Comic for Wednesday, Jul 16, 2008


Posted July 16, 2008 at 1:00 am

The rules for this game were missing for a while, but a reader found them, and they're back at the bottom of this commentary!

While I did recently do a review of a bean bag chair with the word "sumo" associated with it (Future edit: A review that I don't seem to have anymore), the game in this comic has nothing to do with that. The game they're playing is an actual playable game that I invented in High School for pretty much the same reason Tedd said, except in my case it was for a study hall period. As with most card games, it is ideally played from opposite sides of the table; Elliot and Tedd are positioned as they are simply for artistic convenience.

I've posted the rules for the game, along with some sample images. The game is pretty simple once you know how to play, and I've done my best to cover everything and make this easy to understand. I don't commonly write up rules for games and haven't done extensive play testing for a while, however, and may make edits to clarify things based on feedback. I will announce any such edits in the news (Future edit: I don't have a news section anymore). If you have feedback to give, you can get my current e-mail address through this link.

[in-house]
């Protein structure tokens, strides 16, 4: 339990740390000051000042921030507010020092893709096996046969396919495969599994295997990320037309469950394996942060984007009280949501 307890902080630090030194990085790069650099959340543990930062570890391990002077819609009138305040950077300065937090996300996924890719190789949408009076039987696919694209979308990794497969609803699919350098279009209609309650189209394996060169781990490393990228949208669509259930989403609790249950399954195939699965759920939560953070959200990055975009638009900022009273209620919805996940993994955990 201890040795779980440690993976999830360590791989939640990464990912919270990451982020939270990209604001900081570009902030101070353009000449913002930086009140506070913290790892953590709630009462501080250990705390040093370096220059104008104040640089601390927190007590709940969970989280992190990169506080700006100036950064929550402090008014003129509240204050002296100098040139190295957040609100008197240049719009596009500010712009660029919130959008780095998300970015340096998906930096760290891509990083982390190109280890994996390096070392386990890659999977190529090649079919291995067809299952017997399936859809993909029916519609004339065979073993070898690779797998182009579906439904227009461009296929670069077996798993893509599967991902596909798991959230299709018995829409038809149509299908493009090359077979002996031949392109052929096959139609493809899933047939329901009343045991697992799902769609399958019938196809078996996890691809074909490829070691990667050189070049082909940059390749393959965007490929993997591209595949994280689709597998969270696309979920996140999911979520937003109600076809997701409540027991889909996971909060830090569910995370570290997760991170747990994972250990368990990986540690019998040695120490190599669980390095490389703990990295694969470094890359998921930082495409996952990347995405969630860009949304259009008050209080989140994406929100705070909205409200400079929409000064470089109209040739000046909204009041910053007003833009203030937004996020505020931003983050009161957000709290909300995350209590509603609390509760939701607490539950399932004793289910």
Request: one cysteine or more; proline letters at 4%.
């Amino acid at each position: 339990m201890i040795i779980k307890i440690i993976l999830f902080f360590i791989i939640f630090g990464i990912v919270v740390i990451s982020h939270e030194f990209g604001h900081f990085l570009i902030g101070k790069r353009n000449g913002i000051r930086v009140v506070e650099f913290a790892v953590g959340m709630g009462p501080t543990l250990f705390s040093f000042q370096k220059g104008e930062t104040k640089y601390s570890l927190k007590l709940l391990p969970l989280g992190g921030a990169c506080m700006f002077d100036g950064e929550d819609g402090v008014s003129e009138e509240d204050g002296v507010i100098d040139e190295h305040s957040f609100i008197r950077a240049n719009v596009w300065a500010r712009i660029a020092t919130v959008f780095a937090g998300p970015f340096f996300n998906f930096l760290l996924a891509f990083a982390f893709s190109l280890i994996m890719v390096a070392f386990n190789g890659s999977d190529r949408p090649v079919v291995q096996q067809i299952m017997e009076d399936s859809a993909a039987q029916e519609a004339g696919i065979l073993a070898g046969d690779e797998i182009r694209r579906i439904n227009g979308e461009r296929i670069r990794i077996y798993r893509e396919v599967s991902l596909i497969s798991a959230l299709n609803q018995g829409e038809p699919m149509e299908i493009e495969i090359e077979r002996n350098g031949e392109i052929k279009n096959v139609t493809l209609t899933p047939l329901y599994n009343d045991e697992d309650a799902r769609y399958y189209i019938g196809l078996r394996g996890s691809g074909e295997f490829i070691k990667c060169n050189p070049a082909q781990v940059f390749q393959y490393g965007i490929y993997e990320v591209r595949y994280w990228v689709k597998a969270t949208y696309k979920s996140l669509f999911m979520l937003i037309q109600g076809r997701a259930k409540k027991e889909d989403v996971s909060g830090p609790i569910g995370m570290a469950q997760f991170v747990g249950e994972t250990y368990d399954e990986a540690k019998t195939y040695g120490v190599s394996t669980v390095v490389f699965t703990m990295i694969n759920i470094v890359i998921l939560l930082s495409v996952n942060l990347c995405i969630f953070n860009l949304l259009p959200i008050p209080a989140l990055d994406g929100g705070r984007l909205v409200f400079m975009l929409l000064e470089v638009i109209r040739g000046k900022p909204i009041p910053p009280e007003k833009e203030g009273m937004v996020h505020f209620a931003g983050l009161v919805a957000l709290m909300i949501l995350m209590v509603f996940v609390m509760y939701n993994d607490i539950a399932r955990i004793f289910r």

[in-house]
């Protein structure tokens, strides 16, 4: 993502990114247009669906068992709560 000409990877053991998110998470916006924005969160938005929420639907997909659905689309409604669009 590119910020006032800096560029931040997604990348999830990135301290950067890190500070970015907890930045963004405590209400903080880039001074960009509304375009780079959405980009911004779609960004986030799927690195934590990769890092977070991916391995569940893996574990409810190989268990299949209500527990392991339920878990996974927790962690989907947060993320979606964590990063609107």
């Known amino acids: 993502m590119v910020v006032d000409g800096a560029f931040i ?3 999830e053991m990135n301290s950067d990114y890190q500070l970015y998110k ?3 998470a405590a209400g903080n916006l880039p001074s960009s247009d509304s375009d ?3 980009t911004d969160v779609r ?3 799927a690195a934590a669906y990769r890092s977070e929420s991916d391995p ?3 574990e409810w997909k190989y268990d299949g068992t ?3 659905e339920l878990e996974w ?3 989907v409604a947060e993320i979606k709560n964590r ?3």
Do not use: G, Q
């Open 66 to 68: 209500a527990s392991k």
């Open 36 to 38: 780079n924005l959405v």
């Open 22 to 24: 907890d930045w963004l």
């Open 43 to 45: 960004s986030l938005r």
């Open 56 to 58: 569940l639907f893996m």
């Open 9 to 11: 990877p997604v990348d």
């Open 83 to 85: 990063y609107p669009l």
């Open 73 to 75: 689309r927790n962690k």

The reason this is specifically a sumo game is that I was interested in making my own games in high school, and was looking for simplistic concepts to work with. Sumo Wrestling seemed like a good, simple concept: push the other guy out of a ring. That's a major simplification, of course, but it's what got me looking into sumo wrestling. I was originally hoping to make a sumo wrestling computer game in QBasic (*shudder*), and wanted to incorporate authentic sumo terminology and moves. As such, I did a lot of research, and learned how impressive sumo wrestlers actually are. Anyone who says they're just fat guys pushing each other around hasn't done their research.

Speaking of authenticity, yeah, I know. Real sumo wrestling and what's going on in panel one of this comic look vastly different, but it's a reference to E. Honda from Street Fighter. He might have been in Street Fighter games other than II, but the 10,000 versions of Street Fighter II are the ones I remember and played as a kid.


Sumo Card Game

Rules Version 1.1